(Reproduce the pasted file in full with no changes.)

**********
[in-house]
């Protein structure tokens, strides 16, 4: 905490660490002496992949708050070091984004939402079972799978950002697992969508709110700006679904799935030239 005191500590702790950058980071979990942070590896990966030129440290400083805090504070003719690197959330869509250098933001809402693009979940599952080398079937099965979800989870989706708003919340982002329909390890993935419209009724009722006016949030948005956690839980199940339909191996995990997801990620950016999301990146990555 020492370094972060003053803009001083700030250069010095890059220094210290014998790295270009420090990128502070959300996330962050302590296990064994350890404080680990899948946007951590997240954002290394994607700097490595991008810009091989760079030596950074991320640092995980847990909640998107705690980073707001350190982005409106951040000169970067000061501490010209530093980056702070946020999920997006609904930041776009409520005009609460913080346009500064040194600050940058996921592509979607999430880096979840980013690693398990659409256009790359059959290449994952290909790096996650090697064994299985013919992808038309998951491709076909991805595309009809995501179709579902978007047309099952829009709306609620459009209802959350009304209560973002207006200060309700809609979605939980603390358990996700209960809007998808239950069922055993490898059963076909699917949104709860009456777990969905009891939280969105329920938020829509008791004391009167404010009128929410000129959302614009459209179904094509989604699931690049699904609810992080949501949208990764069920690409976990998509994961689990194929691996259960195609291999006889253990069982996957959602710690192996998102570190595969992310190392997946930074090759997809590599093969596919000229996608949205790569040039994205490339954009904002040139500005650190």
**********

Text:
[in-house]
């Protein structure tokens, strides 16, 4: 905490660490002496992949708050070091984004939402079972799978950002697992969508709110700006679904799935030239 005191500590702790950058980071979990942070590896990966030129440290400083805090504070003719690197959330869509250098933001809402693009979940599952080398079937099965979800989870989706708003919340982002329909390890993935419209009724009722006016949030948005956690839980199940339909191996995990997801990620950016999301990146990555 020492370094972060003053803009001083700030250069010095890059220094210290014998790295270009420090990128502070959300996330962050302590296990064994350890404080680990899948946007951590997240954002290394994607700097490595991008810009091989760079030596950074991320640092995980847990909640998107705690980073707001350190982005409106951040000169970067000061501490010209530093980056702070946020999920997006609904930041776009409520005009609460913080346009500064040194600050940058996921592509979607999430880096979840980013690693398990659409256009790359059959290449994952290909790096996650090697064994299985013919992808038309998951491709076909991805595309009809995501179709579902978007047309099952829009709306609620459009209802959350009304209560973002207006200060309700809609979605939980603390358990996700209960809007998808239950069922055993490898059963076909699917949104709860009456777990969905009891939280969105329920938020829509008791004391009167404010009128929410000129959302614009459209179904094509989604699931690049699904609810992080949501949208990764069920690409976990998509994961689990194929691996259960195609291999006889253990069982996957959602710690192996998102570190595969992310190392997946930074090759997809590599093969596919000229996608949205790569040039994205490339954009904002040139500005650190």